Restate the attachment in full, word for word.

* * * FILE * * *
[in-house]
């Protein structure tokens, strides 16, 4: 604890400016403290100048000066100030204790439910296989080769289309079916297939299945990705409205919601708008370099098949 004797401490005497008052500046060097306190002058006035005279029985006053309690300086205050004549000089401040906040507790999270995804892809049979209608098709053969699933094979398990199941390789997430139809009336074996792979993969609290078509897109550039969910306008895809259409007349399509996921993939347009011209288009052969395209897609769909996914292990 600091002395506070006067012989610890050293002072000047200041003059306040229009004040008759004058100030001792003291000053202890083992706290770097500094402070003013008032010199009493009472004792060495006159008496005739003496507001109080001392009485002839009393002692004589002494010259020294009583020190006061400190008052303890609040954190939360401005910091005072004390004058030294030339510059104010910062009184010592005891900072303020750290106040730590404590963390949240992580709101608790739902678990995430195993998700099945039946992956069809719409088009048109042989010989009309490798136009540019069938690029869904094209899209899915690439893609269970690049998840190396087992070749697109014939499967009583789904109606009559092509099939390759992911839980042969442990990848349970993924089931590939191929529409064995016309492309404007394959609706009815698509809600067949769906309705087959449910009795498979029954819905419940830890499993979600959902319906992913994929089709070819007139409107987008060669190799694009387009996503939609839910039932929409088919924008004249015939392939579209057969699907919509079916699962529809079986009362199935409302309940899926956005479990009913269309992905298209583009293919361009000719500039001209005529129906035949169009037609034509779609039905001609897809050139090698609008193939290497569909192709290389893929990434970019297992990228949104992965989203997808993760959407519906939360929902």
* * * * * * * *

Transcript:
[in-house]
């Protein structure tokens, strides 16, 4: 604890400016403290100048000066100030204790439910296989080769289309079916297939299945990705409205919601708008370099098949 004797401490005497008052500046060097306190002058006035005279029985006053309690300086205050004549000089401040906040507790999270995804892809049979209608098709053969699933094979398990199941390789997430139809009336074996792979993969609290078509897109550039969910306008895809259409007349399509996921993939347009011209288009052969395209897609769909996914292990 600091002395506070006067012989610890050293002072000047200041003059306040229009004040008759004058100030001792003291000053202890083992706290770097500094402070003013008032010199009493009472004792060495006159008496005739003496507001109080001392009485002839009393002692004589002494010259020294009583020190006061400190008052303890609040954190939360401005910091005072004390004058030294030339510059104010910062009184010592005891900072303020750290106040730590404590963390949240992580709101608790739902678990995430195993998700099945039946992956069809719409088009048109042989010989009309490798136009540019069938690029869904094209899209899915690439893609269970690049998840190396087992070749697109014939499967009583789904109606009559092509099939390759992911839980042969442990990848349970993924089931590939191929529409064995016309492309404007394959609706009815698509809600067949769906309705087959449910009795498979029954819905419940830890499993979600959902319906992913994929089709070819007139409107987008060669190799694009387009996503939609839910039932929409088919924008004249015939392939579209057969699907919509079916699962529809079986009362199935409302309940899926956005479990009913269309992905298209583009293919361009000719500039001209005529129906035949169009037609034509779609039905001609897809050139090698609008193939290497569909192709290389893929990434970019297992990228949104992965989203997808993760959407519906939360929902």